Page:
A hot-rodded Melody Maker, a pair of Deluxe Reverbs, and a custom-built ’board power this funk funhouse.
Ryan Lerman is the cofounder of Los Angeles-based dynamic funk project Scary Pockets. The musical collective has been crushing it on Youtube since 2017, and eventually they decided to take their show on the road—a shift that’s turned them into a celebrated and successful touring act. Lerman met up with PG’s John Bohlinger before Scary Pockets’ Nashville show at the Brooklyn Bowl to talk through his current touring rig.
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In the Lap of De-luxury
On this leg of the tour, Lerman is rolling with backline amps—generally two Fender ’68 Custom Deluxe Reverbs.
Funk on the Floor
For his stompbox kingdom, Lerman tapped Dave Phillips at L.A. Sound Design to build him a road-ready board. First up, Lerman runs a 1/4" cable from his guitar right into a 29 Pedals Euna. From there, the signal runs the gauntlet through: an Electro-Harmonix Superego, WMD Geiger Counter, Rainger FX Reverb-X, Ross Compressor, Klon Centaur, JHS SuperBolt, JAM Pedals WaterFall, Non-Human Audio Slow Loris, Eventide H9, Strymon Flint, Empress Superdelay, Sonic Research Turbo Tuner ST-300, Fairfield Circuitry Shallow Water, Mooer Slow Engine, Surfy Industries SurfyVibe, and a Lehle volume pedal.
Shop Ryan Lerman's Rig
The British blues-rocker recalls the moment he first wanted to play guitar (and be Mark Knopfler) and details how the fingerpicker's melodic thumbprint has helped construct his own musical dialect.
Check out Davy's new album What Happens Next: https://davyknowles.com/buy-music
Stompbox builder Aisha Loe on how a recent encounter with an old bandmate answered the age-old question once again.
I had a conversation with a dear friend and former bandmate recently, about how much using effects has inspired our musical directions and overall journeys as players. We smiled wide as we reminisced about what an epiphany it was for us, as new guitarists, to plug into a stompbox for the first time. For many, it's the initial experience of jamming with yourself. Fresh, exciting sounds are coming out. Inevitably, noodling ensues, which can often lead to bursts of creativity.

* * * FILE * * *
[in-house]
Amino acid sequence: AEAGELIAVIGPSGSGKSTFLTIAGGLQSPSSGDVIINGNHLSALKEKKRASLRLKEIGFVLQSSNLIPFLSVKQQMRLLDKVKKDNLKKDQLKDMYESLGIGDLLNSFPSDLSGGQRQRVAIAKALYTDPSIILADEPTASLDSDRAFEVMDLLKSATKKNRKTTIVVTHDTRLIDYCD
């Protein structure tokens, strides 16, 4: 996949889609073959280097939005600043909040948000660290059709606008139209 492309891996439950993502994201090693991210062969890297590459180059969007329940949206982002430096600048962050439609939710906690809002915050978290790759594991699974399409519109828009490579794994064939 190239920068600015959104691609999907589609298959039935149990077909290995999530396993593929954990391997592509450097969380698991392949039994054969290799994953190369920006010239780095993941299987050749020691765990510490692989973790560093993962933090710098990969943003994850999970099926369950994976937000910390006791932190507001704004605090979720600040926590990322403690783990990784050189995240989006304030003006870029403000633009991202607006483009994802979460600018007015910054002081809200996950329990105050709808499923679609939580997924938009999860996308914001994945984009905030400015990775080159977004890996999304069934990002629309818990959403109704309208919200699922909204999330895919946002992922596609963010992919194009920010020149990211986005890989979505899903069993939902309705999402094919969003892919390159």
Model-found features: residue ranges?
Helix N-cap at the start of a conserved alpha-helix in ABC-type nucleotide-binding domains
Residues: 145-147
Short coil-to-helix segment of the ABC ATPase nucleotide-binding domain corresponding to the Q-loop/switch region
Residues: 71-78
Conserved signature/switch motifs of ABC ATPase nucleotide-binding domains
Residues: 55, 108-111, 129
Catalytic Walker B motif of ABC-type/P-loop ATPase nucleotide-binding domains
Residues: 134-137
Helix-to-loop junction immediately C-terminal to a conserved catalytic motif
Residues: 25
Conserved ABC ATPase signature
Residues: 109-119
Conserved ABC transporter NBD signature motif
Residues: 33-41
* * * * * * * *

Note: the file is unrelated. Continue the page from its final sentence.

Something as simple as a 3-knob delay pedal can open up so many ideas. I'll never forget the first time I tried an Ibanez AD-9 Analog Delay. I instantly had a beat to play along to! It was like playing to a metronome of my own expression. I learned about syncopation using this effect, while playing in and out of the beat and stumbling upon grooves. I found that, even when I wasn't using delay, it had affected the way I played from then on. It also taught me when not to play. And little riffs would just pour out of me in those early moments, plugged into this box of possibilities. I was playing things I didn't think I knew how to play at that early stage in my life as a musician.
Playing through that delay was the first time that I felt I could come up with my own ideas and, eventually, my own songs. It was invigorating and helped to start me on my own creative path. I quickly realized that I needed to get some more pedals. I bought a Boss OD-1 overdrive, a Dunlop wah, and an MXR Phase 90, which led to more creation, inspiration, and learning opportunities.
I think of effects as part of the instrument itself now and can't imagine making music without them.
I came of age in the late '80s/early '90s, at a time when a lot of guitarists had MIDI multiple-effects rigs. They were popular, and companies like DigiTech and Roland were coming out with state-of-the-art units. Me and my bandmates were totally in love with using effects. We saved up for our first unit, a DigiTech GSP-5. Then we bought a Roland GP-16, eventually graduating to the more expensive Lexicon stuff. We went far down that rabbit hole for several years. It was so much fun! Programming sounds was time-consuming, annoying, and not-so-user-friendly, but the ability to manipulate effects in such a deep way was profound. Many song ideas were born out the sounds coming from those units.
We came to realize that we had perhaps gone off the deep end, and that these pre-programmed effects were beginning to limit us from improvisation and jamming on new ideas as a band. So, we stripped it back down again—back to those original, single-effect pedals that had inspired us in the first place. We found ourselves coming up with new variations on old ideas that had never previously fully materialized. What I love about effects is they can help you come full circle like that, over and over again.
Tash Sultana experiments with her pedalboard setup.
Photo by Alexis Kaplan
Fast forward a bunch of years, and many pedals, later. I make my music as a solo artist. At this moment, I'm re-impressed with using lots of effects to help me conjure up what's in my head. Many of the ideas for the pedals I build are coming out of my musical imagination. They are sounds I want to hear that I know will invoke new ideas for me, and hopefully others as well. How many times have I been experimenting with a bunch of pedals and come up with that one sound that a whole song was born out of? Countless times. In fact, almost every time.
For me, each effect I familiarize myself with takes me deeper into my instrument(s). I think of effects as part of the instrument itself now and can't imagine making music without them. I'm sure many of you can relate. Many of the artists who inspire me lately use the pedalboard as their instrument. Playing pedals has become its own art form, filled with imagination.
Whenever I get a bad case of writer's block, I reach for that old Ibanez AD-9 Analog Delay. Just that one. You know what? It gets me back on the horse, every time. Even if it gives me that one little cool sound, my creative juices are flowing again. And I'll bet you have a pedal that does the same for you!